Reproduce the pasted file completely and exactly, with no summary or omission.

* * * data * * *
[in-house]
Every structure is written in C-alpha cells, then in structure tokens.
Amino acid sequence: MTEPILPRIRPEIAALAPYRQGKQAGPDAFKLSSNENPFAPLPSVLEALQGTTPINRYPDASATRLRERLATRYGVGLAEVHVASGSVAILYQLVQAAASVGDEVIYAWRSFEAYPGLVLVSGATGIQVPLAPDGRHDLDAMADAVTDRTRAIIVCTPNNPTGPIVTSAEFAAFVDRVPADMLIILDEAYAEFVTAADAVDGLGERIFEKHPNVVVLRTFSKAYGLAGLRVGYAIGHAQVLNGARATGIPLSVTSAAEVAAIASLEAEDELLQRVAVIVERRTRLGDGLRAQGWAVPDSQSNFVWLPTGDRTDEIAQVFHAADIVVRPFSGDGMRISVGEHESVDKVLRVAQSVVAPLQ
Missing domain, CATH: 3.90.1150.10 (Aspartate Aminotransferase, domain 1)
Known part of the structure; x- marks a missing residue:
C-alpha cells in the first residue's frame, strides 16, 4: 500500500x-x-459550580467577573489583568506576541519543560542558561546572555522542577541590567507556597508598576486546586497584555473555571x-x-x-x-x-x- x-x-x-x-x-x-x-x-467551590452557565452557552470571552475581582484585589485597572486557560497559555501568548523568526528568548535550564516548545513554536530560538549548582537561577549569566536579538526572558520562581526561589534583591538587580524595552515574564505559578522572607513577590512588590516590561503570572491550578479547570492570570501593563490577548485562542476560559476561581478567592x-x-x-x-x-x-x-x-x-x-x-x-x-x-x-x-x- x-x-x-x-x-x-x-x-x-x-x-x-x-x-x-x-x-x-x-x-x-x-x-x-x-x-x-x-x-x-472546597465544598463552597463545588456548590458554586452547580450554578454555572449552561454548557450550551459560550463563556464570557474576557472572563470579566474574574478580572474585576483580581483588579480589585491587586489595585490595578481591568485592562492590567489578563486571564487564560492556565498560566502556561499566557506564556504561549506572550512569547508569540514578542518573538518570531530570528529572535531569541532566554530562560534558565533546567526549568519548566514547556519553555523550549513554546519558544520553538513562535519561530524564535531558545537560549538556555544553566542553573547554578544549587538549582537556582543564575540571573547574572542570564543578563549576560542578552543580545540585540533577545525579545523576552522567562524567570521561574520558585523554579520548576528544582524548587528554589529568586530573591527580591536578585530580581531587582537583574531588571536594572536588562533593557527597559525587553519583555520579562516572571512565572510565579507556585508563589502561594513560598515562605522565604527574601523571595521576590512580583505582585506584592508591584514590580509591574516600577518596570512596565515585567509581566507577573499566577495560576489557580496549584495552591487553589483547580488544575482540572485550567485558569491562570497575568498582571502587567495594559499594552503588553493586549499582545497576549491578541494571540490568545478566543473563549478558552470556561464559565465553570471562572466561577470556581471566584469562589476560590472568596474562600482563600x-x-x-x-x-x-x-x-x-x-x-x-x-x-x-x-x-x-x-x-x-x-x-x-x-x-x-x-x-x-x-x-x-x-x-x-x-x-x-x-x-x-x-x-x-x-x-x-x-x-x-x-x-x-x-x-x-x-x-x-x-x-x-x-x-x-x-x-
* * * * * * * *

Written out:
[in-house]
Every structure is written in C-alpha cells, then in structure tokens.
Amino acid sequence: MTEPILPRIRPEIAALAPYRQGKQAGPDAFKLSSNENPFAPLPSVLEALQGTTPINRYPDASATRLRERLATRYGVGLAEVHVASGSVAILYQLVQAAASVGDEVIYAWRSFEAYPGLVLVSGATGIQVPLAPDGRHDLDAMADAVTDRTRAIIVCTPNNPTGPIVTSAEFAAFVDRVPADMLIILDEAYAEFVTAADAVDGLGERIFEKHPNVVVLRTFSKAYGLAGLRVGYAIGHAQVLNGARATGIPLSVTSAAEVAAIASLEAEDELLQRVAVIVERRTRLGDGLRAQGWAVPDSQSNFVWLPTGDRTDEIAQVFHAADIVVRPFSGDGMRISVGEHESVDKVLRVAQSVVAPLQ
Missing domain, CATH: 3.90.1150.10 (Aspartate Aminotransferase, domain 1)
Known part of the structure; x- marks a missing residue:
C-alpha cells in the first residue's frame, strides 16, 4: 500500500x-x-459550580467577573489583568506576541519543560542558561546572555522542577541590567507556597508598576486546586497584555473555571x-x-x-x-x-x- x-x-x-x-x-x-x-x-467551590452557565452557552470571552475581582484585589485597572486557560497559555501568548523568526528568548535550564516548545513554536530560538549548582537561577549569566536579538526572558520562581526561589534583591538587580524595552515574564505559578522572607513577590512588590516590561503570572491550578479547570492570570501593563490577548485562542476560559476561581478567592x-x-x-x-x-x-x-x-x-x-x-x-x-x-x-x-x- x-x-x-x-x-x-x-x-x-x-x-x-x-x-x-x-x-x-x-x-x-x-x-x-x-x-x-x-x-x-472546597465544598463552597463545588456548590458554586452547580450554578454555572449552561454548557450550551459560550463563556464570557474576557472572563470579566474574574478580572474585576483580581483588579480589585491587586489595585490595578481591568485592562492590567489578563486571564487564560492556565498560566502556561499566557506564556504561549506572550512569547508569540514578542518573538518570531530570528529572535531569541532566554530562560534558565533546567526549568519548566514547556519553555523550549513554546519558544520553538513562535519561530524564535531558545537560549538556555544553566542553573547554578544549587538549582537556582543564575540571573547574572542570564543578563549576560542578552543580545540585540533577545525579545523576552522567562524567570521561574520558585523554579520548576528544582524548587528554589529568586530573591527580591536578585530580581531587582537583574531588571536594572536588562533593557527597559525587553519583555520579562516572571512565572510565579507556585508563589502561594513560598515562605522565604527574601523571595521576590512580583505582585506584592508591584514590580509591574516600577518596570512596565515585567509581566507577573499566577495560576489557580496549584495552591487553589483547580488544575482540572485550567485558569491562570497575568498582571502587567495594559499594552503588553493586549499582545497576549491578541494571540490568545478566543473563549478558552470556561464559565465553570471562572466561577470556581471566584469562589476560590472568596474562600482563600x-x-x-x-x-x-x-x-x-x-x-x-x-x-x-x-x-x-x-x-x-x-x-x-x-x-x-x-x-x-x-x-x-x-x-x-x-x-x-x-x-x-x-x-x-x-x-x-x-x-x-x-x-x-x-x-x-x-x-x-x-x-x-x-x-x-x-x-